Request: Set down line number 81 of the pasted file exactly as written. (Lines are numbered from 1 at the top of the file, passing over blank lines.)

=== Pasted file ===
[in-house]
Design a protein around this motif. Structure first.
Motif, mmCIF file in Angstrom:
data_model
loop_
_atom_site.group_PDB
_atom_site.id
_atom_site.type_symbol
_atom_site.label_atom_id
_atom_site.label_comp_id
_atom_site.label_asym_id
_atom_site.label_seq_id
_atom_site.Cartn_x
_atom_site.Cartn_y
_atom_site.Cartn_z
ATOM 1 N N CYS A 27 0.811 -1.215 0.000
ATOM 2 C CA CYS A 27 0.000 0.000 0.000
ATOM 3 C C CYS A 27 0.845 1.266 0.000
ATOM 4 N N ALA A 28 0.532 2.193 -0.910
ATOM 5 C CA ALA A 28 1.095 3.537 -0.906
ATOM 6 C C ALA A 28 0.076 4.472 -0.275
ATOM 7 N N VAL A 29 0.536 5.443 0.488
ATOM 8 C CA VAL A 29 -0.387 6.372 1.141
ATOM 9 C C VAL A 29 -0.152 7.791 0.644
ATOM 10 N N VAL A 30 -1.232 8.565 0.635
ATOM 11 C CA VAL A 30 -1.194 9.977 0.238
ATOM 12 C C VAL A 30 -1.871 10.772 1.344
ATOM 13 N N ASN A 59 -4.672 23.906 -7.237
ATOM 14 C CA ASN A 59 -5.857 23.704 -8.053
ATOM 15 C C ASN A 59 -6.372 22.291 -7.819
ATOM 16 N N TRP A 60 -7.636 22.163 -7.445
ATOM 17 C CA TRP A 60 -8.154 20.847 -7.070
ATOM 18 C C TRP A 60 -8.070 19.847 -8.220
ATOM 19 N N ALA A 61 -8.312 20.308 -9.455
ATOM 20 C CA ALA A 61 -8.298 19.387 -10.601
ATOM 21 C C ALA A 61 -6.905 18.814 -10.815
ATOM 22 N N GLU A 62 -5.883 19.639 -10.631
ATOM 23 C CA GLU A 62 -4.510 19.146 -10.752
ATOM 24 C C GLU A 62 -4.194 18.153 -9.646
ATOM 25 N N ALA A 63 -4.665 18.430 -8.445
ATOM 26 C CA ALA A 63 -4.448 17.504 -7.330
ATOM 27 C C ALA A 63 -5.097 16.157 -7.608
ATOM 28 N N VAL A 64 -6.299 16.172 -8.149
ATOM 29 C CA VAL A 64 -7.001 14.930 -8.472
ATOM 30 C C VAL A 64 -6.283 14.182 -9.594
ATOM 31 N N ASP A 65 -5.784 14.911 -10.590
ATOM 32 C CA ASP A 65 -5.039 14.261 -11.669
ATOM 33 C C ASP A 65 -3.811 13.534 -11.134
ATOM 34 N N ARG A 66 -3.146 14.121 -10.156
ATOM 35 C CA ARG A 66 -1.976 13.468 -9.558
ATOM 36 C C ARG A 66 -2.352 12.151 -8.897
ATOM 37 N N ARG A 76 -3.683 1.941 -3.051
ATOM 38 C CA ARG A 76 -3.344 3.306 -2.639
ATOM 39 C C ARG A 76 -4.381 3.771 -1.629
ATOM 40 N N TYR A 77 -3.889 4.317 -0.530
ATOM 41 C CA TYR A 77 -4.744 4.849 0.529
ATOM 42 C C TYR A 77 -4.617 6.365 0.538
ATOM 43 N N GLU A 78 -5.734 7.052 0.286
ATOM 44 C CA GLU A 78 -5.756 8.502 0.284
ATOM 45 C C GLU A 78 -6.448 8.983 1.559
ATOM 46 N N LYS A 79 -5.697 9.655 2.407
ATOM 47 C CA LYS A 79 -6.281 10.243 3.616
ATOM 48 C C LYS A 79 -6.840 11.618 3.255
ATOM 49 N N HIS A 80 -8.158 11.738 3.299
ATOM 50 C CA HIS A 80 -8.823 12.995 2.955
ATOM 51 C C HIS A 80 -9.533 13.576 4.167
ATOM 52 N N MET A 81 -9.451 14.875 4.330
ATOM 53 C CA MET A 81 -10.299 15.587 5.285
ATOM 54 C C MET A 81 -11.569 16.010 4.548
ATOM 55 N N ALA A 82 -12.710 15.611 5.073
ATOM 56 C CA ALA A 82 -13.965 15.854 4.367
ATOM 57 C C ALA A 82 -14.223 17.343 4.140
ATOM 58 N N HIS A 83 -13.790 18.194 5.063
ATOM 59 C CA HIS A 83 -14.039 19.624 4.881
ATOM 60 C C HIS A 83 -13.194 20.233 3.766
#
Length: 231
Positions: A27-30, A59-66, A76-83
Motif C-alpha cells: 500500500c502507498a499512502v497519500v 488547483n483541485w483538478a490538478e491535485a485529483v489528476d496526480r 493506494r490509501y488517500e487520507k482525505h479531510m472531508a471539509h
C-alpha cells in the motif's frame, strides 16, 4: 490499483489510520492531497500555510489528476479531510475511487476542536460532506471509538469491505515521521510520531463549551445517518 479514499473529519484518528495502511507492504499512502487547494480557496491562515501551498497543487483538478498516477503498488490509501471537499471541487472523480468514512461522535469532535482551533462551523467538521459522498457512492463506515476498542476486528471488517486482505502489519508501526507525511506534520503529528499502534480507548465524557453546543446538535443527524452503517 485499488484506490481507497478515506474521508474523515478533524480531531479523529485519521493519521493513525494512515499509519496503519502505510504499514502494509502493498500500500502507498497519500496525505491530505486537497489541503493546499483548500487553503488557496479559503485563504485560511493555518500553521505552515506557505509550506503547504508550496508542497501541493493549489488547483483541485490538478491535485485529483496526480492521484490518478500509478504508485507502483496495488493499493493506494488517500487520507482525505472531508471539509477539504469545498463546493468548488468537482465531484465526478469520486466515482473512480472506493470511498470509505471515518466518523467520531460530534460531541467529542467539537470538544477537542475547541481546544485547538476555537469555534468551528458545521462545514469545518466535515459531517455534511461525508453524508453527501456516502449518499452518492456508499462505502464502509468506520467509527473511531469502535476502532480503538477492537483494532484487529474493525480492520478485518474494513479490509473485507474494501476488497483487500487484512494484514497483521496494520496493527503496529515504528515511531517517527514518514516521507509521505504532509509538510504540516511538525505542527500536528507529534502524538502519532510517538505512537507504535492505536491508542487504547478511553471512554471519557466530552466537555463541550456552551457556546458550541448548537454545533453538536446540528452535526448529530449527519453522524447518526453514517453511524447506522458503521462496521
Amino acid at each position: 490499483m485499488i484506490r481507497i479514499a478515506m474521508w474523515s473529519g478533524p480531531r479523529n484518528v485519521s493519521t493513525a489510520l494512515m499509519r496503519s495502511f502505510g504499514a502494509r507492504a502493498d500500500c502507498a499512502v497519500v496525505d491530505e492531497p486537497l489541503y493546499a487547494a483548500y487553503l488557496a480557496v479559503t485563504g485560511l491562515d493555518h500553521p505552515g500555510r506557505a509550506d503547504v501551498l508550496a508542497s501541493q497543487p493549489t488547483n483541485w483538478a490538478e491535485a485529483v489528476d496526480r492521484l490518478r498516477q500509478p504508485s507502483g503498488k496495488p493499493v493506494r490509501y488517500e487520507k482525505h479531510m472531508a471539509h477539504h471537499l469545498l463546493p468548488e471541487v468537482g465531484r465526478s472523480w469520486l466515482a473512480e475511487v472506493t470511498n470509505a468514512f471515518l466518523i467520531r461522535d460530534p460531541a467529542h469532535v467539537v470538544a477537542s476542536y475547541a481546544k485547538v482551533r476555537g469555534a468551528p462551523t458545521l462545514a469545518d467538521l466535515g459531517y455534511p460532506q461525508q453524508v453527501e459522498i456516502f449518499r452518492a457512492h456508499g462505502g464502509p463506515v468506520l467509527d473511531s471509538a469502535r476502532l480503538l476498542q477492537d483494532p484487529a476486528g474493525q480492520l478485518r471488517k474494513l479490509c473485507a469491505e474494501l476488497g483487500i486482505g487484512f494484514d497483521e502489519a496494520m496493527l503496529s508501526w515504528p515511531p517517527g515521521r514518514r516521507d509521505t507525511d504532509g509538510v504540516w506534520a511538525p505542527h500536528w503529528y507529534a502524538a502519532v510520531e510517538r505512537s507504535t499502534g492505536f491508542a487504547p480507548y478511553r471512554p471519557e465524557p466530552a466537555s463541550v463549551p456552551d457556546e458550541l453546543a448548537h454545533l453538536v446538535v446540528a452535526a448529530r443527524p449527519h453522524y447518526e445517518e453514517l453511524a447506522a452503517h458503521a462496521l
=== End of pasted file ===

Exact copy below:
Amino acid at each position: 490499483m485499488i484506490r481507497i479514499a478515506m474521508w474523515s473529519g478533524p480531531r479523529n484518528v485519521s493519521t493513525a489510520l494512515m499509519r496503519s495502511f502505510g504499514a502494509r507492504a502493498d500500500c502507498a499512502v497519500v496525505d491530505e492531497p486537497l489541503y493546499a487547494a483548500y487553503l488557496a480557496v479559503t485563504g485560511l491562515d493555518h500553521p505552515g500555510r506557505a509550506d503547504v501551498l508550496a508542497s501541493q497543487p493549489t488547483n483541485w483538478a490538478e491535485a485529483v489528476d496526480r492521484l490518478r498516477q500509478p504508485s507502483g503498488k496495488p493499493v493506494r490509501y488517500e487520507k482525505h479531510m472531508a471539509h477539504h471537499l469545498l463546493p468548488e471541487v468537482g465531484r465526478s472523480w469520486l466515482a473512480e475511487v472506493t470511498n470509505a468514512f471515518l466518523i467520531r461522535d460530534p460531541a467529542h469532535v467539537v470538544a477537542s476542536y475547541a481546544k485547538v482551533r476555537g469555534a468551528p462551523t458545521l462545514a469545518d467538521l466535515g459531517y455534511p460532506q461525508q453524508v453527501e459522498i456516502f449518499r452518492a457512492h456508499g462505502g464502509p463506515v468506520l467509527d473511531s471509538a469502535r476502532l480503538l476498542q477492537d483494532p484487529a476486528g474493525q480492520l478485518r471488517k474494513l479490509c473485507a469491505e474494501l476488497g483487500i486482505g487484512f494484514d497483521e502489519a496494520m496493527l503496529s508501526w515504528p515511531p517517527g515521521r514518514r516521507d509521505t507525511d504532509g509538510v504540516w506534520a511538525p505542527h500536528w503529528y507529534a502524538a502519532v510520531e510517538r505512537s507504535t499502534g492505536f491508542a487504547p480507548y478511553r471512554p471519557e465524557p466530552a466537555s463541550v463549551p456552551d457556546e458550541l453546543a448548537h454545533l453538536v446538535v446540528a452535526a448529530r443527524p449527519h453522524y447518526e445517518e453514517l453511524a447506522a452503517h458503521a462496521l